News | PET Imaging | March 29, 2016

New PET Imaging Technology Could Improve Cancer Treatment Response

New method could lead to better therapies for many deadly cancers

PET imaging, cancer treatment, UCLA study, Caius Radu, dCK

March 29, 2016 —A promising new discovery by University of California Los Angeles (UCLA) scientists could lead to a new method of identifying cancer patients that express high levels of an enzyme and are more likely to respond to cancer treatments.

Decades of significant advances and improvements in positron emission tomography (PET) imaging technology have led to the detection of an enzyme in humans that plays a significant role in DNA formation, the building blocks of life. The enzyme, called deoxycytidine kinase (dCK), was previously found to be highly expressed in acute leukemia cells and in activated lymphocytes and controls a critical step in the nucleoside salvage pathway, an important therapeutic and PET imaging target in cancer.

The study was published online March 28 in the journal Proceedings of the National Academy of Sciences of the United States of America.

In a seven-year study, a team of UCLA researchers led by Caius Radu, M.D., a UCLA Jonsson Comprehensive Cancer Center member and a professor in the Department of Molecular and Medical Pharmacology, developed a highly sophisticated PET probe called [18F]CFA that is capable of detecting dCK activity in humans for the first time.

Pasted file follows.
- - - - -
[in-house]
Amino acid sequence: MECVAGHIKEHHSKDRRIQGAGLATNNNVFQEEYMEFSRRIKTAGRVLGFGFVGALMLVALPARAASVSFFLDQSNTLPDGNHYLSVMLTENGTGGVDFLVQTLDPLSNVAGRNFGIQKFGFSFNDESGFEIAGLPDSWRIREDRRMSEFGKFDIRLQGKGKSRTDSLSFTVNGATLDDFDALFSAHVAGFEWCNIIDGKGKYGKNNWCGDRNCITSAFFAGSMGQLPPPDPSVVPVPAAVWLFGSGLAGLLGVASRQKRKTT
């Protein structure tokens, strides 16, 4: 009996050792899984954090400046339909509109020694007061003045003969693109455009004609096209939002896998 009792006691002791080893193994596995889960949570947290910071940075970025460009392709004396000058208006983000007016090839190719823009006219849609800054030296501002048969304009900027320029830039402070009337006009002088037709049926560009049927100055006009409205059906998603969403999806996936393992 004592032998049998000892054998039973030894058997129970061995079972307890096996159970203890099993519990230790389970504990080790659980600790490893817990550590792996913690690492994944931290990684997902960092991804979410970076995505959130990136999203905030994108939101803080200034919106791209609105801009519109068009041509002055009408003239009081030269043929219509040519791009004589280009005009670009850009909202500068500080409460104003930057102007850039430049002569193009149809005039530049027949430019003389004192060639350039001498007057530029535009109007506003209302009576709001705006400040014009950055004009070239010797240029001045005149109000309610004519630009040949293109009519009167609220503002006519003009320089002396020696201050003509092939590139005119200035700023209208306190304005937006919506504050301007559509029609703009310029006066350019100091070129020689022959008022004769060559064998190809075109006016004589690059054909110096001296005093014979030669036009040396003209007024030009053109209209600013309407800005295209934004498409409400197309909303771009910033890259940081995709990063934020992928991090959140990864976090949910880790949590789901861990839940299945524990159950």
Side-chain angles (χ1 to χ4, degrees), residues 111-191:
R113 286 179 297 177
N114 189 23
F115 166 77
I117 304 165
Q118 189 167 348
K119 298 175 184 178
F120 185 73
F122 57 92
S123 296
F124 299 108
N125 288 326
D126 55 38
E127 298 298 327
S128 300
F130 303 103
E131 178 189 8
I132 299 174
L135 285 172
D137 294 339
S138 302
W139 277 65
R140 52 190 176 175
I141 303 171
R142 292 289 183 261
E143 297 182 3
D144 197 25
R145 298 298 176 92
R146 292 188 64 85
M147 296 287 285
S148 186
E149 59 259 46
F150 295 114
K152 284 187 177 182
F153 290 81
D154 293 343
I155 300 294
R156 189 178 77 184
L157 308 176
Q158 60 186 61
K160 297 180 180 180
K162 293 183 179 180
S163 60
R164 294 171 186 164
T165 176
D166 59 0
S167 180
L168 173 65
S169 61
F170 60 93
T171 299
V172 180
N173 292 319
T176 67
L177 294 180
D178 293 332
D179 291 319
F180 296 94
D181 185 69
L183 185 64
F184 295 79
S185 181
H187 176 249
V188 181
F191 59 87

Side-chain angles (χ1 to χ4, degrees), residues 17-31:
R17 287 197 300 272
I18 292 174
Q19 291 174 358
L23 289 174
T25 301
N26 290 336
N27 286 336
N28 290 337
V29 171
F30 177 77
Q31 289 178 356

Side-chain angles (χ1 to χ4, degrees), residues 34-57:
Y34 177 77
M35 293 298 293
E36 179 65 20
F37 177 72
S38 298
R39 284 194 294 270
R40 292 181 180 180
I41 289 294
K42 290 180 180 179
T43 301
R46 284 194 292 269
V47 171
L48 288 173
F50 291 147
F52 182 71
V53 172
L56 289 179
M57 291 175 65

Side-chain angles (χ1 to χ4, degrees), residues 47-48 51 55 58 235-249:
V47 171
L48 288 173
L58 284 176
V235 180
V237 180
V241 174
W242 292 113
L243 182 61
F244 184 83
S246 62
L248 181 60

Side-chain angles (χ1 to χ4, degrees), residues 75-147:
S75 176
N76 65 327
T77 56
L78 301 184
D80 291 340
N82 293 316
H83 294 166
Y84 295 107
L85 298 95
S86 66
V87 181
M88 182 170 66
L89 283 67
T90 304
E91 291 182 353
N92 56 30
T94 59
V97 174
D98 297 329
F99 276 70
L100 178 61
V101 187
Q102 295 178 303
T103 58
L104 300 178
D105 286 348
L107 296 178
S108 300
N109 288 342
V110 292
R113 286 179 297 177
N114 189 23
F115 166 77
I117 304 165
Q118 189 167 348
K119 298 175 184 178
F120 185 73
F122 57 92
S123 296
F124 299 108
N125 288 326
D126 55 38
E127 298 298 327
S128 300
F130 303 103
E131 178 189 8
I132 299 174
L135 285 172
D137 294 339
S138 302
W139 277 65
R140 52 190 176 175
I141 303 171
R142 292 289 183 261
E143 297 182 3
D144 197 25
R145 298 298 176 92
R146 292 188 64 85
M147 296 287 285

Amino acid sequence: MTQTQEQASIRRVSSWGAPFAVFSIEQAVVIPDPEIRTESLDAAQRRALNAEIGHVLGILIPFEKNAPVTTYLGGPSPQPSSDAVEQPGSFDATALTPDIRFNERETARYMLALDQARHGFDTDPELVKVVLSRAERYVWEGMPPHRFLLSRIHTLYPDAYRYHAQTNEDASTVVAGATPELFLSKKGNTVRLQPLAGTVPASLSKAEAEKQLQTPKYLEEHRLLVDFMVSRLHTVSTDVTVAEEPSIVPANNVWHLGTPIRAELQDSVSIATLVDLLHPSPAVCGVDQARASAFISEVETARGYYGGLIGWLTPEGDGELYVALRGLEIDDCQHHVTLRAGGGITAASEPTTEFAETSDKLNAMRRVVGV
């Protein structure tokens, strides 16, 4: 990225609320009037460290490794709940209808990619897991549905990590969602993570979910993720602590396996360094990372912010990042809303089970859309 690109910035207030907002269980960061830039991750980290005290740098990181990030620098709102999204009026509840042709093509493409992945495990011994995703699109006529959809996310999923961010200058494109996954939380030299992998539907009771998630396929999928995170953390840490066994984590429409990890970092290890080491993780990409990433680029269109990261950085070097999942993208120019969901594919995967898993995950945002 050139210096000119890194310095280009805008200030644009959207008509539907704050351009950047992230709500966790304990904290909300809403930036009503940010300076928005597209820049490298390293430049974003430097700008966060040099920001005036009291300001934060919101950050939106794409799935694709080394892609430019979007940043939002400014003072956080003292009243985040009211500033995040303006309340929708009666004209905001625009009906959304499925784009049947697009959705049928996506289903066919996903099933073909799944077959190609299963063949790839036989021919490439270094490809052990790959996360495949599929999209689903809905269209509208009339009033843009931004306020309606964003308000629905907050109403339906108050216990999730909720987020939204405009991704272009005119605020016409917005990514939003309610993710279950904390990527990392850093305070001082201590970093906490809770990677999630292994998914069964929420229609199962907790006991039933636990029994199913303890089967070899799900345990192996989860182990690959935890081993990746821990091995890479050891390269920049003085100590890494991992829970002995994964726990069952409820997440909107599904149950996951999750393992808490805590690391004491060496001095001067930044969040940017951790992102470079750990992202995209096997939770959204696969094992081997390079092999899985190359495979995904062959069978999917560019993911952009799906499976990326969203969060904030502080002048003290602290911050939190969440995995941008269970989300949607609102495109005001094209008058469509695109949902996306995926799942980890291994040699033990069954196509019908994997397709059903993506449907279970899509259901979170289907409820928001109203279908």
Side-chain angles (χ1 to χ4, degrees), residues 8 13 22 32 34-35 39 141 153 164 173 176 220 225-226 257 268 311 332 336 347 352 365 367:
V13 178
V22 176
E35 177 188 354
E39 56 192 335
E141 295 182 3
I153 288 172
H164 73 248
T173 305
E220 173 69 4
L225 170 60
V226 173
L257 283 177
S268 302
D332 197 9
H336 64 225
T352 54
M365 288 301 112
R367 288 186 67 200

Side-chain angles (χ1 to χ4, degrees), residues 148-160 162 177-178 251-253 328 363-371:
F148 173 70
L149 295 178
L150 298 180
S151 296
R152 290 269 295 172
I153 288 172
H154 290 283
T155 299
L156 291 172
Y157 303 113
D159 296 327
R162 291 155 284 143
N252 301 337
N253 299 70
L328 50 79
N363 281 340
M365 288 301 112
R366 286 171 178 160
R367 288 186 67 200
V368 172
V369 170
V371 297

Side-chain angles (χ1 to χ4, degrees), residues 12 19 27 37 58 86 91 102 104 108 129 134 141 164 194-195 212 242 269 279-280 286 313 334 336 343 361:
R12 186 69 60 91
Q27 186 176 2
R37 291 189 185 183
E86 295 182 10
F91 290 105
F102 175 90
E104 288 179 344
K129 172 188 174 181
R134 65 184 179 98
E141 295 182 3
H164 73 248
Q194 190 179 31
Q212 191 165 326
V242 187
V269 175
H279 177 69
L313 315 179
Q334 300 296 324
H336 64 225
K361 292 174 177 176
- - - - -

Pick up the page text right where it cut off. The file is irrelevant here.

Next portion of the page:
"The quality of the images is much better," said Radu. "We are able to clearly see tissues, including tumor tissues, with high dCK activity that we haven't seen before in humans using any of the other probes previously developed for this enzyme."

PET is a noninvasive imaging technology that uses a radioactive substance, called PET probe, to look for disease in the body and it also shows how organs and tissues are functioning. Until recently, PET technology was only able to clearly detect dCK in mice due to metabolic instability of the previous probes and cross-reactivity with a dCK-related enzyme in humans.

The dCK enzyme plays an integral role in allowing drugs such as Clofarabine, Cytarabine and Fludarabine to treat certain types of leukemia and others like Gemcitabine to treat breast, ovarian, non-small cell lung and pancreatic cancers.

"This enzyme is essential for the therapeutic activity of an entire class of anticancer drugs and even for some antiviral drugs," said Radu, who is also a member of the UCLA Broad Stem Cell Research Center. "It can take an inactive drug and activate it. If you trick a cancer cell or virus to activate the drug, it would be toxic for the cancer cell or viral genome."

Since activated immune cells increase their expression of the dCK enzyme, [18F]CFA could also be used to monitor the effectiveness of immunotherapeutic interventions, said Radu.

The researchers hope to begin clinical trials with the [18F]CFA in the near future. Radu and his colleagues will eventually seek an approval by the U.S. Food & Drug Administration.